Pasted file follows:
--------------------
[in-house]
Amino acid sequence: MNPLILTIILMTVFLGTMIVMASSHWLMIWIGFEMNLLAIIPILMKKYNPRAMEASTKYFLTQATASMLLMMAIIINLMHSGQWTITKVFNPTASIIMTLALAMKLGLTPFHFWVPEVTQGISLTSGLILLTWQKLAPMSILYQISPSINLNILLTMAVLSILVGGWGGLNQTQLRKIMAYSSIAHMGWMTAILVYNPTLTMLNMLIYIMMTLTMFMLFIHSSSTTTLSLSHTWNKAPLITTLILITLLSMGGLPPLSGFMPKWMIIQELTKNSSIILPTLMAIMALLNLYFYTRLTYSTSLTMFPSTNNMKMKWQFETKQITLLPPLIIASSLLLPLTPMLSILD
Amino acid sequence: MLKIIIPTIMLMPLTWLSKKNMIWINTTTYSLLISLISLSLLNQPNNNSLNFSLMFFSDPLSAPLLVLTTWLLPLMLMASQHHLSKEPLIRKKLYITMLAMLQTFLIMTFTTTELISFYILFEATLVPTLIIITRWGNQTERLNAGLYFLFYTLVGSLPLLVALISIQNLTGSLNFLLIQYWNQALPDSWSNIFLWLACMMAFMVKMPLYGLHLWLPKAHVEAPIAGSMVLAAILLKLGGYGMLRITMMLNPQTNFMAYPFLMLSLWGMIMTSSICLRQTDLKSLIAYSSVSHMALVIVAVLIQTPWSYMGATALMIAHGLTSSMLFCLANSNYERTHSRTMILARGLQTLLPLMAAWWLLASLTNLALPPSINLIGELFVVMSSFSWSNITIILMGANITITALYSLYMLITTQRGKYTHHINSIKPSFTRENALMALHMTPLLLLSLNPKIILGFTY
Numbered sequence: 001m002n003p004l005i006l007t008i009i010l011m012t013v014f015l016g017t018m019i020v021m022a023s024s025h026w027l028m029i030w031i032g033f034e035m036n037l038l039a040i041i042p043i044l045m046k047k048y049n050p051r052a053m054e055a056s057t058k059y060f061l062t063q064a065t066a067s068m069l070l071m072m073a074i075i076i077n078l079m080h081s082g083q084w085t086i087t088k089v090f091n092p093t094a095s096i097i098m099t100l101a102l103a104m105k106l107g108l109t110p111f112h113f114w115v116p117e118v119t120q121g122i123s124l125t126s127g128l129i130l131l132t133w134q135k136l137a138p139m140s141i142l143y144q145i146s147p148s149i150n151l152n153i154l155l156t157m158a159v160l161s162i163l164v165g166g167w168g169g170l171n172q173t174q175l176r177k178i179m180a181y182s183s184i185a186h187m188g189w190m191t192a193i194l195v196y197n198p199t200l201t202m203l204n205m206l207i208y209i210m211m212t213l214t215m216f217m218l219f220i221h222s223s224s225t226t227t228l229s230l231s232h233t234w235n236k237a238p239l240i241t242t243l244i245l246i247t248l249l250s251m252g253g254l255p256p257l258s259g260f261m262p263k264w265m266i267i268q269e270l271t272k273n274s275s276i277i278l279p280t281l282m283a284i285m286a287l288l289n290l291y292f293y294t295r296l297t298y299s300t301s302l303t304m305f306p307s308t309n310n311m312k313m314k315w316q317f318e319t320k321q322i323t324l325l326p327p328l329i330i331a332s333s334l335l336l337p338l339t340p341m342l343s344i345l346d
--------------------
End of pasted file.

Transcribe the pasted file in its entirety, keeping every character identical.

[in-house]
Amino acid sequence: MNPLILTIILMTVFLGTMIVMASSHWLMIWIGFEMNLLAIIPILMKKYNPRAMEASTKYFLTQATASMLLMMAIIINLMHSGQWTITKVFNPTASIIMTLALAMKLGLTPFHFWVPEVTQGISLTSGLILLTWQKLAPMSILYQISPSINLNILLTMAVLSILVGGWGGLNQTQLRKIMAYSSIAHMGWMTAILVYNPTLTMLNMLIYIMMTLTMFMLFIHSSSTTTLSLSHTWNKAPLITTLILITLLSMGGLPPLSGFMPKWMIIQELTKNSSIILPTLMAIMALLNLYFYTRLTYSTSLTMFPSTNNMKMKWQFETKQITLLPPLIIASSLLLPLTPMLSILD
Amino acid sequence: MLKIIIPTIMLMPLTWLSKKNMIWINTTTYSLLISLISLSLLNQPNNNSLNFSLMFFSDPLSAPLLVLTTWLLPLMLMASQHHLSKEPLIRKKLYITMLAMLQTFLIMTFTTTELISFYILFEATLVPTLIIITRWGNQTERLNAGLYFLFYTLVGSLPLLVALISIQNLTGSLNFLLIQYWNQALPDSWSNIFLWLACMMAFMVKMPLYGLHLWLPKAHVEAPIAGSMVLAAILLKLGGYGMLRITMMLNPQTNFMAYPFLMLSLWGMIMTSSICLRQTDLKSLIAYSSVSHMALVIVAVLIQTPWSYMGATALMIAHGLTSSMLFCLANSNYERTHSRTMILARGLQTLLPLMAAWWLLASLTNLALPPSINLIGELFVVMSSFSWSNITIILMGANITITALYSLYMLITTQRGKYTHHINSIKPSFTRENALMALHMTPLLLLSLNPKIILGFTY
Numbered sequence: 001m002n003p004l005i006l007t008i009i010l011m012t013v014f015l016g017t018m019i020v021m022a023s024s025h026w027l028m029i030w031i032g033f034e035m036n037l038l039a040i041i042p043i044l045m046k047k048y049n050p051r052a053m054e055a056s057t058k059y060f061l062t063q064a065t066a067s068m069l070l071m072m073a074i075i076i077n078l079m080h081s082g083q084w085t086i087t088k089v090f091n092p093t094a095s096i097i098m099t100l101a102l103a104m105k106l107g108l109t110p111f112h113f114w115v116p117e118v119t120q121g122i123s124l125t126s127g128l129i130l131l132t133w134q135k136l137a138p139m140s141i142l143y144q145i146s147p148s149i150n151l152n153i154l155l156t157m158a159v160l161s162i163l164v165g166g167w168g169g170l171n172q173t174q175l176r177k178i179m180a181y182s183s184i185a186h187m188g189w190m191t192a193i194l195v196y197n198p199t200l201t202m203l204n205m206l207i208y209i210m211m212t213l214t215m216f217m218l219f220i221h222s223s224s225t226t227t228l229s230l231s232h233t234w235n236k237a238p239l240i241t242t243l244i245l246i247t248l249l250s251m252g253g254l255p256p257l258s259g260f261m262p263k264w265m266i267i268q269e270l271t272k273n274s275s276i277i278l279p280t281l282m283a284i285m286a287l288l289n290l291y292f293y294t295r296l297t298y299s300t301s302l303t304m305f306p307s308t309n310n311m312k313m314k315w316q317f318e319t320k321q322i323t324l325l326p327p328l329i330i331a332s333s334l335l336l337p338l339t340p341m342l343s344i345l346d